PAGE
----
Five ways to protect your consultancy firm and your clients

UK SMEs are cyber-attacked around 7 million times a year, according to the Federation of Small Businesses (FSB)

While the ongoing cyber threat to UK businesses increases in diversity and severity, unprotected SMEs attempting to recover from an attack can find themselves in a devastating situation.

Global cyber-attacks are now said to be more profitable than the global drugs trade (around $435 billion).  In May, WannaCry, a global ransomeware attack, took hold and resulted in over 200,000 victims and 300,000 infected computers. The attack encrypted data and a ransom was demanded resulting in company and client data being stolen. Such attacks can be lethal to consultancy firms and their clients whose private details can potentially become exposed.

Lyndon R. Wood, CEO,, said: “A cyber-crime incident costs a small business victim nearly £3,000, taking more than two days to recover, according to the FSB. It is imperative that small companies protect themselves (and their clients) from the offset or they could find themselves in very hot water due to not being adequately prepared for an attack.”

Although cyber security risks are high, many businesses are unaware of the risks and only a surprisingly low number of businesses have taken extra precautionary methods to protect their technology and data. Many businesses act naïvely and assume that cyber hacking only happens to large high-profile companies with a high-revenue and millions of user data. However, even the smallest business can be at risk of cyber hacking.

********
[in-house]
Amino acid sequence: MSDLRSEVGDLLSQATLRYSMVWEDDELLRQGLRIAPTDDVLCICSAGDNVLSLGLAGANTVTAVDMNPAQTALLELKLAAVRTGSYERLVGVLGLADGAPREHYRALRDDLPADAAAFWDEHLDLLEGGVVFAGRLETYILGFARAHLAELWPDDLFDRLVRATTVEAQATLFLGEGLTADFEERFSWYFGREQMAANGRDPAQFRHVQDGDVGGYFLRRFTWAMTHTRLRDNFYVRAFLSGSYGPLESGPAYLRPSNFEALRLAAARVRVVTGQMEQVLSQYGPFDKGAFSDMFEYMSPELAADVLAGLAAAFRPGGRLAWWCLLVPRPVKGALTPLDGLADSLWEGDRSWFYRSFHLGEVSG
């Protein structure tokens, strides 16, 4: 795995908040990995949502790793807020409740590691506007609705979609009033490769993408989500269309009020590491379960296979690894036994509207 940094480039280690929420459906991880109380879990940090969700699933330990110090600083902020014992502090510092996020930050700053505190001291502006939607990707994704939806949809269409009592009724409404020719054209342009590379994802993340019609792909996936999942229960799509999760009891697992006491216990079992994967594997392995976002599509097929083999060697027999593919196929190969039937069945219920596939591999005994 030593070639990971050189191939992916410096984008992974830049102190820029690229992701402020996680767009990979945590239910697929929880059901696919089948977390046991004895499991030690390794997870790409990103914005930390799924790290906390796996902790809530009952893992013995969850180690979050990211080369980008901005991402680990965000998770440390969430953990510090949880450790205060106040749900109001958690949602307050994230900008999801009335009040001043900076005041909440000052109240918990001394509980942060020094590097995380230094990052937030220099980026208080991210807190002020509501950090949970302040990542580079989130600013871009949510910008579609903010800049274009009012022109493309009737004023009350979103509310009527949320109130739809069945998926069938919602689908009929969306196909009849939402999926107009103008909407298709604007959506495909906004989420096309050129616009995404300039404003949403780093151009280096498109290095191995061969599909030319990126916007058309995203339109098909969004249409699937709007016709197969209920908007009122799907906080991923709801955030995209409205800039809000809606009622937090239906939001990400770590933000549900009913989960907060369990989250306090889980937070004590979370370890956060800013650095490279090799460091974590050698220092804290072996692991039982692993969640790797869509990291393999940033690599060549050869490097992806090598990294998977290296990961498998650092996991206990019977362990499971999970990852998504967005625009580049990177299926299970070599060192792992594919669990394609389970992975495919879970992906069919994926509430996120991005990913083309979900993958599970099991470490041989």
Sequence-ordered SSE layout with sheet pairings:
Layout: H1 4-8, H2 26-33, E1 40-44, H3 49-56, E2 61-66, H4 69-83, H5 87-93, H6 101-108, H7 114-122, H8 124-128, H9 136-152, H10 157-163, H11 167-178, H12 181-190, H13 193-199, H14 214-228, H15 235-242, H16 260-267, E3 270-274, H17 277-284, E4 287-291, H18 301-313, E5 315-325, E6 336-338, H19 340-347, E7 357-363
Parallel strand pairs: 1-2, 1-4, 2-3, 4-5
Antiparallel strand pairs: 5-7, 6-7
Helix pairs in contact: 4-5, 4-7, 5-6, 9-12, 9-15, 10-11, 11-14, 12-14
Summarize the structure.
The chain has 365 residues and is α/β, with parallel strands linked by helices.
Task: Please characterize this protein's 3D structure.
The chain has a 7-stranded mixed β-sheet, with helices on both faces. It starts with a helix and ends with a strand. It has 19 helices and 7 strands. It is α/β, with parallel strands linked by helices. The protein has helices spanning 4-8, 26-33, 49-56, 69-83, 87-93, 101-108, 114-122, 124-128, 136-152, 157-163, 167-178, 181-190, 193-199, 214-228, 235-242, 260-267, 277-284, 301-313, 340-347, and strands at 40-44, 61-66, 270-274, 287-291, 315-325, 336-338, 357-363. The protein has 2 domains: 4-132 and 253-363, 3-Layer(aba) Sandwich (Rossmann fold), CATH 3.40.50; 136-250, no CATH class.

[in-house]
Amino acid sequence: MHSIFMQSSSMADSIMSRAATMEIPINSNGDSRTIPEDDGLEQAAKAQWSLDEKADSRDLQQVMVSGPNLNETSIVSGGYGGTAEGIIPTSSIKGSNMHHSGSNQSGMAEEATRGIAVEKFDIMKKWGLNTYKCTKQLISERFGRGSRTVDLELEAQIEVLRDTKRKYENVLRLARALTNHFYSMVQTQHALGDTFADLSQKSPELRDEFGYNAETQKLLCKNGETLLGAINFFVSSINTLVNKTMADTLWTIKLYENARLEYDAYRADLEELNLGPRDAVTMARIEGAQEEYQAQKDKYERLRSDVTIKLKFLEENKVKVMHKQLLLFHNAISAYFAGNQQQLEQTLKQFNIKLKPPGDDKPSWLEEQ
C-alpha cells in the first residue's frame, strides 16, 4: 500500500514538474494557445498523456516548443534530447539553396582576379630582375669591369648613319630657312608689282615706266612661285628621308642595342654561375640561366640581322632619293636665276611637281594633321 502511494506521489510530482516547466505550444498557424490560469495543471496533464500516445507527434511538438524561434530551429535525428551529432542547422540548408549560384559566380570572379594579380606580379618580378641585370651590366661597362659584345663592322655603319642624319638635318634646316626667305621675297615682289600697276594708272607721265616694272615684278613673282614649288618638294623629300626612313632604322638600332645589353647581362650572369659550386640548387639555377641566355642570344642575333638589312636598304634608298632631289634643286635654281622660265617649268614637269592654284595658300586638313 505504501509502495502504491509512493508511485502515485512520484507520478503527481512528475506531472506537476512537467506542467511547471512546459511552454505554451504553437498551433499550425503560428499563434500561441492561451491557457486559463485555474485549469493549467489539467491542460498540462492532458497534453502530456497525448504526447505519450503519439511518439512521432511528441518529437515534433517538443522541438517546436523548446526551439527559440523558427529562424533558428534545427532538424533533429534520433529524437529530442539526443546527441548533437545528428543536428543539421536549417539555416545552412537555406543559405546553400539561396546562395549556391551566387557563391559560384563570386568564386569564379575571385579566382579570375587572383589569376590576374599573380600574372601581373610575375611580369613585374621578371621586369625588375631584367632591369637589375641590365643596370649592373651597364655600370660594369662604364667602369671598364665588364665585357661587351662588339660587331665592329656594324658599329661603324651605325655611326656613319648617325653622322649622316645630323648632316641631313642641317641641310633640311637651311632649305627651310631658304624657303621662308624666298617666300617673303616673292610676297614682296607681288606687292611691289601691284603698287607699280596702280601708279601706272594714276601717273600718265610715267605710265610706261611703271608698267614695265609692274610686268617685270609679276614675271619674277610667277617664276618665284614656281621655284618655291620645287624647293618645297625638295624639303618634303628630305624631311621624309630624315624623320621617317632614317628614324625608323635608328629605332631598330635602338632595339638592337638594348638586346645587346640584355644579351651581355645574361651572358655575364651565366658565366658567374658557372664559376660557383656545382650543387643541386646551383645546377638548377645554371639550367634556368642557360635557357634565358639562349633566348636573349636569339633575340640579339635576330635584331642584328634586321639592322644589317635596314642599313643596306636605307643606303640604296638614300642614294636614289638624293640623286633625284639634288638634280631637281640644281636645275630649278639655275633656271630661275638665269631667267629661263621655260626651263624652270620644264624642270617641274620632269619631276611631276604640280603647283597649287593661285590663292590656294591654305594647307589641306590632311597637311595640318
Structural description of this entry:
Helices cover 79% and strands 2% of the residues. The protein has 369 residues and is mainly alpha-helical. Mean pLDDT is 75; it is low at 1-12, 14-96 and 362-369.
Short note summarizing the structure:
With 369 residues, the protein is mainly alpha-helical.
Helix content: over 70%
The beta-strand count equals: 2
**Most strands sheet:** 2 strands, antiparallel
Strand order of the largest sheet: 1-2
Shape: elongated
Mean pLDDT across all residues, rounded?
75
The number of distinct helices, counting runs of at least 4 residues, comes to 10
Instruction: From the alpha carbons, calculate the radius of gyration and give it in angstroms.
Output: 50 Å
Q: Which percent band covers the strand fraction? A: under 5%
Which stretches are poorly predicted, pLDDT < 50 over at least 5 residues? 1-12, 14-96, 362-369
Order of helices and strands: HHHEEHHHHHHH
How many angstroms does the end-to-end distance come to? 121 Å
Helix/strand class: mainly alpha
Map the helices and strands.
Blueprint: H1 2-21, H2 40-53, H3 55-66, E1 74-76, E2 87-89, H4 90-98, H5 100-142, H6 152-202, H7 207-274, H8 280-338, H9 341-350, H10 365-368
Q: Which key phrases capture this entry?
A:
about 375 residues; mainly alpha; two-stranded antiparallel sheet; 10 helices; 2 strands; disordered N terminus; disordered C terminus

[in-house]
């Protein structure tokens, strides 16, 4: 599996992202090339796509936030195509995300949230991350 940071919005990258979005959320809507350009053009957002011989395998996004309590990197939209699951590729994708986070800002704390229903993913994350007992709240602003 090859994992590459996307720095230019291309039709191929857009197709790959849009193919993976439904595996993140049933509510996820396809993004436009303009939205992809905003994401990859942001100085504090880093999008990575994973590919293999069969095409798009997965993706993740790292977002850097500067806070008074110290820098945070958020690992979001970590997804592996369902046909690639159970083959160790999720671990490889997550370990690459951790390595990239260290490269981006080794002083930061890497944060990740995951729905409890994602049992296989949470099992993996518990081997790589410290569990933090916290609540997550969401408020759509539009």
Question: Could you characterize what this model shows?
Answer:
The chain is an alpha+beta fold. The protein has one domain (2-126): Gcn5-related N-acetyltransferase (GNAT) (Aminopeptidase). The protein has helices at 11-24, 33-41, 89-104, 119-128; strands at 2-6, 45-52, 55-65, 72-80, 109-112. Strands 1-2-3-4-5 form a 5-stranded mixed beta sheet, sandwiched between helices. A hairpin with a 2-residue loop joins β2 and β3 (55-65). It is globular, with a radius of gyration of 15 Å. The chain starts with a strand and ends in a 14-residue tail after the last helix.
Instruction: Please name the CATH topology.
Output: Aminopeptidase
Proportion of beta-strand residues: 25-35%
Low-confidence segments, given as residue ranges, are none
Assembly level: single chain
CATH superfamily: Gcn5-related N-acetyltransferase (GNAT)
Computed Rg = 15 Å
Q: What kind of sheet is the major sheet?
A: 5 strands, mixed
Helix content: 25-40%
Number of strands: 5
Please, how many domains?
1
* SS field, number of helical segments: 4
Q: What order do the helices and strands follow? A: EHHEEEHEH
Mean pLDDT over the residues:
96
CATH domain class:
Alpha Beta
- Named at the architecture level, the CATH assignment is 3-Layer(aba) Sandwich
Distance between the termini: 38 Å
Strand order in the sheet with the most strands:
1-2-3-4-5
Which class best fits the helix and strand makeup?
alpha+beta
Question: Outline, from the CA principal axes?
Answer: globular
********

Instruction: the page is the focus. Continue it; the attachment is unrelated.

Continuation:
Five Ways to Protect Your Consultancy Business: 

  1. Leadership comes from the top. Managers need to showcase compelling evidence to help make a case for increasing cyber security to ensure financial input.
  1. Employees are arguably the biggest cyber threat. Employees need to be trained on how to spot suspicious emails and taught how to identify fake invoices. Do they know how to safely store and manage data?
  1. Training can never be underestimated because the cost of training and thwarting attacks before it happens will be vastly less than the cost of dealing with an incident.
  1. Whether you’re a freelance consultant, a new start-up, or you’re running a growing SME, cyber insurance policies come with different levels of cover and different price options. Cyber liability insurance comes at a low premium in comparison to the potentially detrimental repercussions of a data breach. Having cyber insurance in place can help a company recover more quickly. Cyber insurance will ensure related costs such as damaged/stolen hardware and data corruption right down to PR expenses, legal and investigation costs are met.
  1. Clear company rules and processes need to be put in place – especially when it comes to the use of data handling and data control. By implementing rules on how data is recorded, tracked and subsequently documented, businesses can identify potential breaches and rectify them.